Experts Detail New Russian Malware-as-a-Service Stealer Written in Rust

Experts Detail New Russian Malware-as-a-Service Stealer Written in Rust

New information-stealing malware is sold on underground hacker forums in Russia and is written in Rust, which indicates that threat actors are adopting more exotic programming languages to evade security protections.

Ficker Stealer is a Windows-based malware that steals sensitive information from victims. Its operators distribute it via phishing emails, Trojanized web links, and compromised websites which trick the victims into downloading free software, such as Spotify Music, YouTube Premium, and various Microsoft Store applications.

“Ficker is sold and distributed as Malware-as-a-Service (MaaS), via underground Russian online forums,” BlackBerry’s research and intelligence team said in a report published today. “Its creator, whose alias is @ficker, offers several paid packages, with different levels of subscription fees to use their malicious program.”

The malware was first observed in the wild in August 2020 stealing such sensitive information as login credentials, credit card details, cryptocurrency wallets, and browser information.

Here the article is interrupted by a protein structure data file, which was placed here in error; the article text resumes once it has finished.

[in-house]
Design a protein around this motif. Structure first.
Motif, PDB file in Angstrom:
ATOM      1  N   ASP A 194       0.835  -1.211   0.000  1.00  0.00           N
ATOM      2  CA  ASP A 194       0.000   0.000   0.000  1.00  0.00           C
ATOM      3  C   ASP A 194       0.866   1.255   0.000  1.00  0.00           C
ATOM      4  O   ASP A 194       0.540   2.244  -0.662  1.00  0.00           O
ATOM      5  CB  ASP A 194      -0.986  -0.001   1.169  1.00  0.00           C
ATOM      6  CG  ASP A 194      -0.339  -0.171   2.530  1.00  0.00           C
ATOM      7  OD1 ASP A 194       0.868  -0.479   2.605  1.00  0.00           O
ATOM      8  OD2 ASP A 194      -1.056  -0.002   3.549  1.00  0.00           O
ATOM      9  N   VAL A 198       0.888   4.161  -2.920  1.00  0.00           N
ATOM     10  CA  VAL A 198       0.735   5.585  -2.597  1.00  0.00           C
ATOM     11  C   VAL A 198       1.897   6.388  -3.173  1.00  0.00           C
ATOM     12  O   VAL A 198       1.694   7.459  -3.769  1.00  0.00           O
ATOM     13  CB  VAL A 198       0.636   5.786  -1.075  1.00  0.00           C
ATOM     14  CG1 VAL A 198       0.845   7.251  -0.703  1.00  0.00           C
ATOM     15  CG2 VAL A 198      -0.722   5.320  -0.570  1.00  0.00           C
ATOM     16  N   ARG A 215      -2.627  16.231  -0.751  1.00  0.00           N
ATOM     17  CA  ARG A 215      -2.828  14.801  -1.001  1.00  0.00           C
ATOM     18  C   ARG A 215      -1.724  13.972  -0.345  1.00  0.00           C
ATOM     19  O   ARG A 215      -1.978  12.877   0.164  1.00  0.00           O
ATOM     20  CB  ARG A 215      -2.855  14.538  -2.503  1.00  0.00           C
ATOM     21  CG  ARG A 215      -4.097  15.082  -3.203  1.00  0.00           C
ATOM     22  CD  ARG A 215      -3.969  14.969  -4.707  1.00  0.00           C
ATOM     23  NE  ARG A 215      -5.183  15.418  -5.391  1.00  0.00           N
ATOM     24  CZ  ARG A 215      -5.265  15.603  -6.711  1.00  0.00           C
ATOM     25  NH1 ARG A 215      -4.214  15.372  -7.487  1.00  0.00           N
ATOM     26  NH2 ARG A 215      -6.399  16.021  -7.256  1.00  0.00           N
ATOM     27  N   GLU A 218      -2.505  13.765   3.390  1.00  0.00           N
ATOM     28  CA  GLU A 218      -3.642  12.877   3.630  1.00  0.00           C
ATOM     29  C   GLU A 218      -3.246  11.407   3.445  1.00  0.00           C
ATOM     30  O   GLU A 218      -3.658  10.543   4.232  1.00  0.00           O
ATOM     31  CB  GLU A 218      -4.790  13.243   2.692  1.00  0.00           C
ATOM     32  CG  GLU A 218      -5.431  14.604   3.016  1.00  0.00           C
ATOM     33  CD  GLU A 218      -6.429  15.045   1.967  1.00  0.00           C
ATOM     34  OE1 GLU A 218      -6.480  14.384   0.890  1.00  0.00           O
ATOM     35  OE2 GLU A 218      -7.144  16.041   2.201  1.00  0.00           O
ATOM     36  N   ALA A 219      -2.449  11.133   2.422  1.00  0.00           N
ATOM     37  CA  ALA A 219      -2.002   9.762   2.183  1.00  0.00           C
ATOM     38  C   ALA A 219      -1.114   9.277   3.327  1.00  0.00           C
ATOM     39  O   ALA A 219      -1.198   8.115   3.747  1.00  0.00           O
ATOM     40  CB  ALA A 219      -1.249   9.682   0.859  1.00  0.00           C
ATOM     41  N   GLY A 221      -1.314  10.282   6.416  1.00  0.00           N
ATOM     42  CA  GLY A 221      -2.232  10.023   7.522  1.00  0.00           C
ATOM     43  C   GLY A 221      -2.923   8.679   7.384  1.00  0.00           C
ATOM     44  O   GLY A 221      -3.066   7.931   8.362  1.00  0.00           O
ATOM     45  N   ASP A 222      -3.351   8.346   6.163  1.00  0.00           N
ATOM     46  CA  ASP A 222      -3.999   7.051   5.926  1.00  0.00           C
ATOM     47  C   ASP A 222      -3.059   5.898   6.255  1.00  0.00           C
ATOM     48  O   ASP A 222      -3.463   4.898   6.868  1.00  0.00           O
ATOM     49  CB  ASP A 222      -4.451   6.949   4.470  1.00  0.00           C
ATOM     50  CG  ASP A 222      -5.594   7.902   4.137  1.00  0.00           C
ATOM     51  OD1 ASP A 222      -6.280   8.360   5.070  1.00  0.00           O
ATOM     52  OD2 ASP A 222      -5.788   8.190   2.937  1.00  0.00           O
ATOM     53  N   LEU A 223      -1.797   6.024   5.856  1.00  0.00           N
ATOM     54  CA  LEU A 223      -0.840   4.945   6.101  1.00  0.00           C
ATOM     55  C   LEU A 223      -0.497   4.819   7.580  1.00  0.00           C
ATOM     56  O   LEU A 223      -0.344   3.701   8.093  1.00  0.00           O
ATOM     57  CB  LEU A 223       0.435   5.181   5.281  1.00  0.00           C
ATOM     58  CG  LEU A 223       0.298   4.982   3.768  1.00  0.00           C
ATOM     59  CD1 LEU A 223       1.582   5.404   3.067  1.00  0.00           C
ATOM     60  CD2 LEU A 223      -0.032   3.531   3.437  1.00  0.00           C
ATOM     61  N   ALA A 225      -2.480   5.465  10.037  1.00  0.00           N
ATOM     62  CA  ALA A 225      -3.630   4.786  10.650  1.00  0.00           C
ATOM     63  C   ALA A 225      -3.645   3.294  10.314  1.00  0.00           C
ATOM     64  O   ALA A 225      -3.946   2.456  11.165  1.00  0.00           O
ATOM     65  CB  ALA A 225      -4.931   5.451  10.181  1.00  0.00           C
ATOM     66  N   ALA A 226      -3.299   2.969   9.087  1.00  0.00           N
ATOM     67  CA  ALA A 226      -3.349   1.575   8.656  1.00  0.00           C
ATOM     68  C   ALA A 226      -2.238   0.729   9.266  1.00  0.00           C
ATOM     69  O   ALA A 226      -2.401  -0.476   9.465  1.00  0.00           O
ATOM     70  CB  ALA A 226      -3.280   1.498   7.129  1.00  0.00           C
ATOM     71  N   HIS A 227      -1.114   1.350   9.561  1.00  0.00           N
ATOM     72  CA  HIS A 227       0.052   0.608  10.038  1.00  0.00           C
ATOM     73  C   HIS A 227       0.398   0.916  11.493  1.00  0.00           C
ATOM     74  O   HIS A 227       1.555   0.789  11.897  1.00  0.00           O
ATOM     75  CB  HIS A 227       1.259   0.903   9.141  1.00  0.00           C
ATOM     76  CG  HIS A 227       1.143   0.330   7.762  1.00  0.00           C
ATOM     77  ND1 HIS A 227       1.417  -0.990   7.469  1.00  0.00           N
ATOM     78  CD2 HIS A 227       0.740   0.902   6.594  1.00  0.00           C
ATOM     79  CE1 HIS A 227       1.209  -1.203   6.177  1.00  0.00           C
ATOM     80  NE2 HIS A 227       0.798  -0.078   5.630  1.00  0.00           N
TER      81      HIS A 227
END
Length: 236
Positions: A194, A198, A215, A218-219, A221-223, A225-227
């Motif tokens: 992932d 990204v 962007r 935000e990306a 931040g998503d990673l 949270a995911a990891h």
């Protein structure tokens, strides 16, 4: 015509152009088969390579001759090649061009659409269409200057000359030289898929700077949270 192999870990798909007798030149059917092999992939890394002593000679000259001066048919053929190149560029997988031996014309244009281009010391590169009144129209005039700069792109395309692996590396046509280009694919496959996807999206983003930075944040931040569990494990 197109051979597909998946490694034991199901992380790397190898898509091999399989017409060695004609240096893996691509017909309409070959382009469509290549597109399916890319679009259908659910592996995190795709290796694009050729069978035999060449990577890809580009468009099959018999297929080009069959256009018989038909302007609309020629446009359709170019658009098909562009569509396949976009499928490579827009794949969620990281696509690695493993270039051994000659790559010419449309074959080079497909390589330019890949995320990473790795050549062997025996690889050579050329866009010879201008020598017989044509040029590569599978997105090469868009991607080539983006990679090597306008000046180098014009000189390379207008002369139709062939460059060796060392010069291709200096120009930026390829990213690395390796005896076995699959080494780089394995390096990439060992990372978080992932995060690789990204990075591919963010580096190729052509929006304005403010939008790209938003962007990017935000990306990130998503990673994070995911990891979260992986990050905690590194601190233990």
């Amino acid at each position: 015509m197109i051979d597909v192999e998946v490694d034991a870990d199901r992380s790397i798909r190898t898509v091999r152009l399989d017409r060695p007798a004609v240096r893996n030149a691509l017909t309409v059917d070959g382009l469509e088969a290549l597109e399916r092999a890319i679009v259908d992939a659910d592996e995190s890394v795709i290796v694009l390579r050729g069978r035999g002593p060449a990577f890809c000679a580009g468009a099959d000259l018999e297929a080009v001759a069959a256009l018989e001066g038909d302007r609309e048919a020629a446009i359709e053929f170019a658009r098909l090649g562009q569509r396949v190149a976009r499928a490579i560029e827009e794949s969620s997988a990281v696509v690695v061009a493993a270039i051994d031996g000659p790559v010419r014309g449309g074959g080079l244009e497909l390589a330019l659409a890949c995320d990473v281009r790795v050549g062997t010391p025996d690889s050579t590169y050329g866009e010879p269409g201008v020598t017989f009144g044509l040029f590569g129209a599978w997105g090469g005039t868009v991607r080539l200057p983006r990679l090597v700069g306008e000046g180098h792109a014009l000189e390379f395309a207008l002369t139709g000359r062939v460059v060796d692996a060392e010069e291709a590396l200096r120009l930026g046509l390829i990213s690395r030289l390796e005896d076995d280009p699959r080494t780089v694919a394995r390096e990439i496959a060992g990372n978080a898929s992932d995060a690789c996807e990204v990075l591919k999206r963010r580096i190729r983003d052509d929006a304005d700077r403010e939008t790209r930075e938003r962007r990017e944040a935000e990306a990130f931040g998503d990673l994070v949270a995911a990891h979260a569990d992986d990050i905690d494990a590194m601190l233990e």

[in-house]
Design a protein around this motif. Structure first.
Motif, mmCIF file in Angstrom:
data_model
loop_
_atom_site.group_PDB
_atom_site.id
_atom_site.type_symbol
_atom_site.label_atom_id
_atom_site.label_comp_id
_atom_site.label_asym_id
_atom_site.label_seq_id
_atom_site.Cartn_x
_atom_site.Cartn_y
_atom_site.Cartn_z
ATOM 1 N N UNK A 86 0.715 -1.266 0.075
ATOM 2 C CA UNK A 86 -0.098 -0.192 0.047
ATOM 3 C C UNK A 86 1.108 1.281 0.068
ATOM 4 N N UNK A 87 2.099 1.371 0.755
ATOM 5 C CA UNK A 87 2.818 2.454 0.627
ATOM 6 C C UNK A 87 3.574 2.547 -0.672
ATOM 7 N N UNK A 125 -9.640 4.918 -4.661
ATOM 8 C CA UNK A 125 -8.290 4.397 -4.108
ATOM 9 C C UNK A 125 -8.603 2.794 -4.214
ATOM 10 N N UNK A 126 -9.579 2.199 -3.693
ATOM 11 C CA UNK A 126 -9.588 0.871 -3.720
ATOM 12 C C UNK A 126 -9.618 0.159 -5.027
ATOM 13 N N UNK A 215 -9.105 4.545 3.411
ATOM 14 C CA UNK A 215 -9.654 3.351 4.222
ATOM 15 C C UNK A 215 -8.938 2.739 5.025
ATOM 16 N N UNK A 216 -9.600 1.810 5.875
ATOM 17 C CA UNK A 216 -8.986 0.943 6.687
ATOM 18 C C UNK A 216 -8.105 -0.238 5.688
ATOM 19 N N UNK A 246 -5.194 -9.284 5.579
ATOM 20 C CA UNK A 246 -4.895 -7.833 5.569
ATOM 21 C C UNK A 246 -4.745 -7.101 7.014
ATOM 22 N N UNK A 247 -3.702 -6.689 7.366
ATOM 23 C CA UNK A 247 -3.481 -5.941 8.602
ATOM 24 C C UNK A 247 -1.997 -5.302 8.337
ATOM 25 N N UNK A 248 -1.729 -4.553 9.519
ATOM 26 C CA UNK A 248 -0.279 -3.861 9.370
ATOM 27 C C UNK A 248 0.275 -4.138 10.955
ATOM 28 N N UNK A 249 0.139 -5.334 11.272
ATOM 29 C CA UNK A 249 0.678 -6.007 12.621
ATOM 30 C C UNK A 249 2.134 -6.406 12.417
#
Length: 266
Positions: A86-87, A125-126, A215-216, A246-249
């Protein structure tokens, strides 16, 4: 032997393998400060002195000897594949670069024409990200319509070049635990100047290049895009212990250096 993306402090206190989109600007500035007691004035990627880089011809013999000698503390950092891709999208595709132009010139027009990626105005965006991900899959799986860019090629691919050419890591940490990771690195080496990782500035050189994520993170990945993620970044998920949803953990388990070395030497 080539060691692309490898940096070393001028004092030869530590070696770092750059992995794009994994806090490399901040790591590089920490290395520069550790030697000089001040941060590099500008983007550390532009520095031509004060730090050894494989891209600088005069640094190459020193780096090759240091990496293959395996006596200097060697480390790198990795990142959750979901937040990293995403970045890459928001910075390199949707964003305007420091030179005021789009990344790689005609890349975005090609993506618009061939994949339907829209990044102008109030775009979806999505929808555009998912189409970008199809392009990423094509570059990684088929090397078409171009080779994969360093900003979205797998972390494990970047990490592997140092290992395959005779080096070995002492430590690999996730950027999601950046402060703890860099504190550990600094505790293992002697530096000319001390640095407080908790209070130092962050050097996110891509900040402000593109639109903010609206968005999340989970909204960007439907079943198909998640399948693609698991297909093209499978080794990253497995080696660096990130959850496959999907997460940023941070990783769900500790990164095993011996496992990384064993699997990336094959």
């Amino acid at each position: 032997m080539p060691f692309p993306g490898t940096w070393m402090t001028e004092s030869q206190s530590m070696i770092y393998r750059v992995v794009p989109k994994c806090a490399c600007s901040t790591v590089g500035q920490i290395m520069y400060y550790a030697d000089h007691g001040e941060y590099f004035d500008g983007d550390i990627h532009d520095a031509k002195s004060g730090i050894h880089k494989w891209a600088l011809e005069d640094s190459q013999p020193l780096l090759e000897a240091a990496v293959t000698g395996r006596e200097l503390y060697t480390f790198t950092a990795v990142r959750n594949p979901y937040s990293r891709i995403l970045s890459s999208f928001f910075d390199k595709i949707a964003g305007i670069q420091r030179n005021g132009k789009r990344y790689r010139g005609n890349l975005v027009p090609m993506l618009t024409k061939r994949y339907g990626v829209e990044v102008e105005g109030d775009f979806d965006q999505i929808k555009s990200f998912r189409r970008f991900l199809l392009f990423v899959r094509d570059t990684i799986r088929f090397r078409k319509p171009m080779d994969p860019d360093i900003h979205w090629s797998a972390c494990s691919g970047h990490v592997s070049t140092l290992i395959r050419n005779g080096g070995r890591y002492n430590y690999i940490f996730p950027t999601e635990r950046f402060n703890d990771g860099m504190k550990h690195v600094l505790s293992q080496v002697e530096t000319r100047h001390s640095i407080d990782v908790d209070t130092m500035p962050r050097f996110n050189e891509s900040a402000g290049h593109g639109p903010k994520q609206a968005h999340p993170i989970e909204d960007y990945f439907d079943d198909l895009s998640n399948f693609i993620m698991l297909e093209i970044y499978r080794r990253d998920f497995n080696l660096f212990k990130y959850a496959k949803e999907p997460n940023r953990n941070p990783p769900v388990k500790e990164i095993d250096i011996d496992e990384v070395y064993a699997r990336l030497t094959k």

Ficker Stealer can also grab sensitive files from a compromised machine and download and execute other second-stage malware.

Ficker is often delivered through malspam campaigns via phishing emails that contain weaponized Excel documents. Once opened, the Excel document then drops the Hancitor loader. It then injects the final payload, which is a technique known as process hollowing, to avoid detection.

The threat actors were observed using DocuSign-themed lures that installed a fake Windows binary from the attacker’s server.

CyberArk noted last month that the Ficker malware’s obfuscated nature and being written in Rust make it particularly hard, sometimes impossible to analyze.

“Once the fake DocuSign document is opened and its malicious macro code is allowed to run, Hancitor will often reach out to its command-and-control (C2) infrastructure to receive a malicious URL containing a sample of Ficker to download,” BlackBerry researchers said.

Aside from infiltrating targeted systems, the malware also carries out other anti-analysis checks to prevent it from running on virtual environments and victim machines located in Russia, Belarus, Armenia, Azerbaijan, Kazakhstan, and Uzbekistan.

Unlike other stealers, Ficker is an advanced information theft tool that can execute commands and exfiltrate data to attackers, not only write it to disk. It also has screen-capturing cabilities:

“The malware also has screen-capturing abilities, which allow the malware’s operator to remotely capture an image of the victim’s screen. The malware also enables file-grabbing and additional downloading capabilities once connection to its C2 is established,” the researchers said. “Once information is sent back to Ficker’s C2, the malware owner can access and search for all exfiltrated data.”

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